Contemporary Possibilities of Music Therapy in Social Psychiatry and Alcohology

By Jagetic, Nada; Breitenfeld, Darko et al. | Alcoholism, July 1, 2005 | Go to article overview

Contemporary Possibilities of Music Therapy in Social Psychiatry and Alcohology


Jagetic, Nada, Breitenfeld, Darko, Thaller, Vlatko, Prstacic, Miroslav, et al., Alcoholism


Summary - This paper presents the contemporary possibilities of music therapy in social psychiatry and especially in combating alcoholism, based on the pieces of experience from the Department of Psychiatry within the Sestre milosrdnice University Hospital, Zagreb, and on the activities related to music therapy with the short-time patients, mainly alcoholics,who were first treated in the hospital and later in the clubs of treated alcoholics. (Alcoholism 2005; 41: 107-111)

Key words: Psychiatry, Music therapy; Alcoholism; Club of treated alcoholics

Within the framework of restructuring or reorganizing of social classes, the modern social psychiatry witnesses the appearance of new disturbances, new diseases surface, and some great, especially marginal social groups are created.1 Therefore, the new methods of treatment are needed which would aid a larger number of people, generally the marginal groups. Owing to a multitude of patients, the treatment is possible only in groups, using also the pieces of knowledge from social sciences.2 There is a tendency to create institutions close enough to the patients' places of residence or rather as near as possible to their real, ordinary, "normal" life. Patients should be activated in such life - within the therapeutic community and aided by therapists, and especially by themselves - to persist in detecting their personal wrong attitudes and adjusting to worthly group living and particularly in helping the others.3 For the purpose of adaptation to the real conditions, some new forms of institutions have been created, duration of stay in institutions has been shortened, the emphasis has been laid on treatment in community i.e. regional treatment in the outpatient departments, health care centers and especially the treated patients clubs.

Therefore, the music treatment, otherwise fairly recognized worldwide in terms of classic psychiatry, must be adapted to such circumstances.4 There is no question about the asylum-related creation of "exemplary orchestras", long-term learning of instruments, without thinking of the needs of patients after their leave the institution (that they often did not leave anyway) and the attitude of quiet awaiting in motivating and socializing the patients.5 However, clear, relatively modest and close goals are necessary, where a "part of the job" is left to music therapists in regional institutions. Almost all patients have to become qualified to leave the institution. None of them is imperceptive for music, so it is often necessary to work a lot with all of them, and even more effort ought to be taken in more difficult cases.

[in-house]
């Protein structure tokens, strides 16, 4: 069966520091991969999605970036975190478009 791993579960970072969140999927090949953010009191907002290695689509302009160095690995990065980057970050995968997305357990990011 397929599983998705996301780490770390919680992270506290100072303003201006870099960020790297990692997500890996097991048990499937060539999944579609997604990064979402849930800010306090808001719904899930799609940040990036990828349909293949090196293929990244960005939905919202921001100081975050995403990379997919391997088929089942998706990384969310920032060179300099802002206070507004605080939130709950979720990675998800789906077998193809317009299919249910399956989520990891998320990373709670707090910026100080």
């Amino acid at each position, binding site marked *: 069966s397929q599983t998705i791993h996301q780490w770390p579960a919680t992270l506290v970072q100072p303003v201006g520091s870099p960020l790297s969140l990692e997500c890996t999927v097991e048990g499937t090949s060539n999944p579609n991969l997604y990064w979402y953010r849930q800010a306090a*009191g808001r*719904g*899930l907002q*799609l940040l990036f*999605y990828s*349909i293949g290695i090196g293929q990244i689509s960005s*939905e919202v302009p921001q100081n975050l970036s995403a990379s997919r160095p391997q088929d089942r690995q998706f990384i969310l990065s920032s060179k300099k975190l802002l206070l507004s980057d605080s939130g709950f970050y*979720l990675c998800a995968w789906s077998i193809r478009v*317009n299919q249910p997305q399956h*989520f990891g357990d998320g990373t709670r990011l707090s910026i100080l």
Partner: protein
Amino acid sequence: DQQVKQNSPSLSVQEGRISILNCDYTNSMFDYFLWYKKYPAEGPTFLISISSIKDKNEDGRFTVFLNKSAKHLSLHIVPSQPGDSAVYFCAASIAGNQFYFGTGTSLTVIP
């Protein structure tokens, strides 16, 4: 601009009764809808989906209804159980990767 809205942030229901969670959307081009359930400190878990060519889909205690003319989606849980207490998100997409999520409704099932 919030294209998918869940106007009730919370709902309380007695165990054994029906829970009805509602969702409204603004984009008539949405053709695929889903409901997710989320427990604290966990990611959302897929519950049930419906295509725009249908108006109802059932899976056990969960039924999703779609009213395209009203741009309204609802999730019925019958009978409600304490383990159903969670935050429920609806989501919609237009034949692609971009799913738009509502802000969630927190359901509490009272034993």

Music is a suitable, acceptable and very efficient means to bring a man back to society, create a good mood, but also to promote the discipline, which is necessary in every.6,7 In order to educate the patients in musical terms, theoretically and practically, to play an instrument, which he needs to get along better and for be better accepted in the society to which he will come back soon, we must use the abbreviated methods of teaching the simple instruments, such as guitar, harmonica (mouth organ), percussion instruments, melodicas (mouth-pianos), and especially our national instrument "tamburitza" (whose some accompanying larger forms such as alt tamburitza,8 bass and others can be learned in its fundamentals in a couple of days or during several rehearsals). People have to be stimulated and get used to play by ear, to know how to join the quickly created groups or bands where the mutual cohesion and technical and human composition has to be quickly achieved. The music we select may have some educational elements, but the patient has to be approached during a short period primarily with the music known to him.9 We apply the music therapy in the frame of all forms of institutional medical treatment - from day-hospital treatment to weekend-treatment, and if necessary, even through night hospital treatments, especially in the afternoon treatment types for alcoholics who work regularly at their workplaces during the morning hours.